Avoid the Starbucks Fiasco. Create a "TRUE" Team Culture
Updated: Jun 9, 2018
It's not your father's idea of team building anymore. I use the picture of the ballerinas to illustrate an activity that depends on teamwork.
Did one Starbucks manager make the massive error that cost the company millions of dollars and more bad press than can be imagined?
What defines a team in your company? Is it a functional subgroup like a team responsible for installing certain parts on new cars? Is it servers, back servers and bus staff in a restaurant? Is it a pod of customer service representatives at a call center? If so, wouldn't the corporate culture and therefore customers, quality and profitability be improved if the team definition was expanded? In many instances the team should begin in the boardroom and extend all the way down to the janitorial staff. Rather than discuss how a team should be defined, however, today I would like to discuss intra-team interaction, associate nurturing and positive corporate culture shifts.
Today a successful company must promote a progressive culture when it comes to #diversity and inclusion as it relates to customers. Workplace ethics and equal opportunity laws demand the same as it relates to associates. But, how well are your teams trained to cope with a team member who's having a bad day? We can all imagine what that could be. Maybe one of our associates discovered that a child is desperately sick or has been informed by their spouse that they intend to pursue a divorce. The personal trauma can take many forms.
First, it must be okay for team members to express limitations. When I was an airline pilot I heard the following statement many times: "I have been on vacation for the last five weeks and I encourage everybody in the cockpit to keep an especially close watch on what I'm doing." By that simple admission our colleague helped his/her copilots to be especially watchful and he has set the tone that he is open to suggestions or coaching. Wouldn't it be great if all team members could be as candid?
Second, team members must be trained how to respectfully offer coaching or institute coping skills depending on how bad the situation. In the case of safety or quality (which may have safety considerations) all team members should be empowered to stop a process or interrupt a program without fear of retribution. That applies even if it turns out that such a drastic action was not actually needed. In the case of #Starbucks ANY other team member should have observed what was going on and suggested that the manager reconsider the action he or she was about to take.
It is easy to look at the above sentence and think "Sure everyone has limitations but what does that have to do with team work?" That everyone has limitations is never in question. The question is "With how many unexpected limitations are my colleagues grappling?" Again back to the airline analogy: even as captain of the airplane when I sat down with a new copilot,after a personal introduction, I said "Nobody in this airplane is perfect and our job is to keep each other out of trouble and make this a safe flight for our passengers. If you see me about to do something dumb, say so and I will do the same for you." It is easy to see how that analogy could play out in almost any corporate setting for the benefit of everything and everyone.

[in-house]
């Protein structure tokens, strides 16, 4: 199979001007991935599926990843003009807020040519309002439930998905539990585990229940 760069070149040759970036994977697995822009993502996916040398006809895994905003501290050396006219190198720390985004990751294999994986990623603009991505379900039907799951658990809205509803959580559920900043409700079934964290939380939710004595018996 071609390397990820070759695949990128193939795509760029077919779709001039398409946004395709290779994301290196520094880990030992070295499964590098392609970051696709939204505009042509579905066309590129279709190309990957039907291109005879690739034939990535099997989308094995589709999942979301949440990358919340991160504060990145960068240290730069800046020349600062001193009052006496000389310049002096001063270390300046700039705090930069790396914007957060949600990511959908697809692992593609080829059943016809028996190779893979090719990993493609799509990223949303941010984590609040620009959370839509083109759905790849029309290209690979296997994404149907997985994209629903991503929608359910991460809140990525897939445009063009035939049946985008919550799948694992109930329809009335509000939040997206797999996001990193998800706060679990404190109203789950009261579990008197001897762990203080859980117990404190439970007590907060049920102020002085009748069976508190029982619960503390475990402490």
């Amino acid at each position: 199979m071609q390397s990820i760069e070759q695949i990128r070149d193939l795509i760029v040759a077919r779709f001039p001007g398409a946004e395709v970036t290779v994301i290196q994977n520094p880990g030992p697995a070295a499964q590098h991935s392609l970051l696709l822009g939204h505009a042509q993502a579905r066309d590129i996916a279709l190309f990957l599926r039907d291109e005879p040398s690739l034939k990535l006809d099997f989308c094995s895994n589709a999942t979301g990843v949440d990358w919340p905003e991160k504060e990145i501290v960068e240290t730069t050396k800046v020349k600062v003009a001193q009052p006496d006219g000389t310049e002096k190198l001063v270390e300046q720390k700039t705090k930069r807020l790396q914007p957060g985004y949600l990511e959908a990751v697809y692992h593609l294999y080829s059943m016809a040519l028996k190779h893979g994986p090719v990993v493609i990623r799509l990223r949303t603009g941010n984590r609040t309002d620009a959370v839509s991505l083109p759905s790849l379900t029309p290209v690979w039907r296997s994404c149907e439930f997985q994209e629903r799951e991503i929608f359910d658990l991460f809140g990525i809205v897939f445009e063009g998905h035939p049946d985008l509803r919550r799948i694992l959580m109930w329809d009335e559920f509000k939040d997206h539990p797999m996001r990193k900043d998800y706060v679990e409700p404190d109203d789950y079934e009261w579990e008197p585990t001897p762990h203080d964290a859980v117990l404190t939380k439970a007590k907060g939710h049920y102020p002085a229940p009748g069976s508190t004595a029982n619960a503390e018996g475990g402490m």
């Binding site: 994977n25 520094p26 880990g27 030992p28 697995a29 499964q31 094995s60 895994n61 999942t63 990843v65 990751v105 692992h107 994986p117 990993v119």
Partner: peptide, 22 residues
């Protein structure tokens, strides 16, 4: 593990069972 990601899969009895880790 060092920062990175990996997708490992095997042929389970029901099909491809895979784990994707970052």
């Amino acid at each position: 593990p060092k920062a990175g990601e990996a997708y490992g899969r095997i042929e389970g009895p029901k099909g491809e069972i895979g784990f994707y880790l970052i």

In the film Invitation to the Dance, you are introduced to a group of special needs adults who are participating in experimental training. They are being given ballet training. When you observe their amazing accomplishments in the film you see how team work and creative ideas can be combined to produce extraordinary results. The factor to note is that the neuroatypical students have limitations that are predictable. In the case of our colleagues, we tend to know their strengths and weaknesses. The challenge for managers and team members is coping with valuable colleagues who are suffering an unexpected or temporary challenge.
The first step in conquering the potential disruption caused by an associate who is not at their best is to recognize that, as Carmen says, "Everyone has limitations...everyone!" . Invitation to the Dance is a warm way to bring your associates to the idea of being engaged in this concept. After using the film as an introduction to the concept of limitations and how to cope with them, you are able to open the door to more complicated scenarios. Specifically you can begin to explore coping strategies within the team to help troubled team members. Eventually every team member will have a bad day. Now is the time to create a culture that says " We will all have occasional bad days. We don't have to cope with those silently or alone. Our corporate culture is to nurture our associates' needs just a diligently as we do those of our customers."
For companies that still have a way to go before reaching that ideal culture shift I suggest the documentary film, Invitation to the Dance, as a good way to illustrate the challenges and benefits of unlikely teamwork.
To read more about how corporate culture can benefit from enhanced, redefined team work, diversity training and inclusion read our blog articles on the subjects. This is the overview and companion articles delve more into the details.